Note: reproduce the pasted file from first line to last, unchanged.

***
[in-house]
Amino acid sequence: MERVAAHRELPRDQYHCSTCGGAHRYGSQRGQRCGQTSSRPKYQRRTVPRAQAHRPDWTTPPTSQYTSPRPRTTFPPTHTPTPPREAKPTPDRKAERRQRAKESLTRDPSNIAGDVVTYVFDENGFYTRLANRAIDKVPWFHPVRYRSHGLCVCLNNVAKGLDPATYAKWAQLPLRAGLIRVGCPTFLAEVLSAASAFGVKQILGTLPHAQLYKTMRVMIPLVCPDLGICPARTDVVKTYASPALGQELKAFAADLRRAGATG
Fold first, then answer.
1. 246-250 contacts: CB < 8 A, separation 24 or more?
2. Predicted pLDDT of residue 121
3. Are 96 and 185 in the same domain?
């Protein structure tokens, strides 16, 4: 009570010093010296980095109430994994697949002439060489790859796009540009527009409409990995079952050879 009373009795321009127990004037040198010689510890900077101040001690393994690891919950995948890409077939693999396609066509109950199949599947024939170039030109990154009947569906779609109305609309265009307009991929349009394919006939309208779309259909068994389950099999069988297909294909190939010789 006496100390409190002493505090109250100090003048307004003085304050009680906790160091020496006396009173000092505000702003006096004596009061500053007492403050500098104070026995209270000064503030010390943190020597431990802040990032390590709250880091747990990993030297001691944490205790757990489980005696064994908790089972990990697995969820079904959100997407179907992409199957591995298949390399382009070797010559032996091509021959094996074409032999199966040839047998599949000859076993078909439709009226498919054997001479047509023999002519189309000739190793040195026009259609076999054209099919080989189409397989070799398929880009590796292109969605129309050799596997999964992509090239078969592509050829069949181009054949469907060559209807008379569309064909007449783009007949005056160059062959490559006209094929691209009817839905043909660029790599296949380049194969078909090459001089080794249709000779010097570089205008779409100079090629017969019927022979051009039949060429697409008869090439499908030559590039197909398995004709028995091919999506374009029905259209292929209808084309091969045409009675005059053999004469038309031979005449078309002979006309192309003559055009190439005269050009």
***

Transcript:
[in-house]
Amino acid sequence: MERVAAHRELPRDQYHCSTCGGAHRYGSQRGQRCGQTSSRPKYQRRTVPRAQAHRPDWTTPPTSQYTSPRPRTTFPPTHTPTPPREAKPTPDRKAERRQRAKESLTRDPSNIAGDVVTYVFDENGFYTRLANRAIDKVPWFHPVRYRSHGLCVCLNNVAKGLDPATYAKWAQLPLRAGLIRVGCPTFLAEVLSAASAFGVKQILGTLPHAQLYKTMRVMIPLVCPDLGICPARTDVVKTYASPALGQELKAFAADLRRAGATG
Fold first, then answer.
1. 246-250 contacts: CB < 8 A, separation 24 or more?
2. Predicted pLDDT of residue 121
3. Are 96 and 185 in the same domain?
């Protein structure tokens, strides 16, 4: 009570010093010296980095109430994994697949002439060489790859796009540009527009409409990995079952050879 009373009795321009127990004037040198010689510890900077101040001690393994690891919950995948890409077939693999396609066509109950199949599947024939170039030109990154009947569906779609109305609309265009307009991929349009394919006939309208779309259909068994389950099999069988297909294909190939010789 006496100390409190002493505090109250100090003048307004003085304050009680906790160091020496006396009173000092505000702003006096004596009061500053007492403050500098104070026995209270000064503030010390943190020597431990802040990032390590709250880091747990990993030297001691944490205790757990489980005696064994908790089972990990697995969820079904959100997407179907992409199957591995298949390399382009070797010559032996091509021959094996074409032999199966040839047998599949000859076993078909439709009226498919054997001479047509023999002519189309000739190793040195026009259609076999054209099919080989189409397989070799398929880009590796292109969605129309050799596997999964992509090239078969592509050829069949181009054949469907060559209807008379569309064909007449783009007949005056160059062959490559006209094929691209009817839905043909660029790599296949380049194969078909090459001089080794249709000779010097570089205008779409100079090629017969019927022979051009039949060429697409008869090439499908030559590039197909398995004709028995091919999506374009029905259209292929209808084309091969045409009675005059053999004469038309031979005449078309002979006309192309003559055009190439005269050009």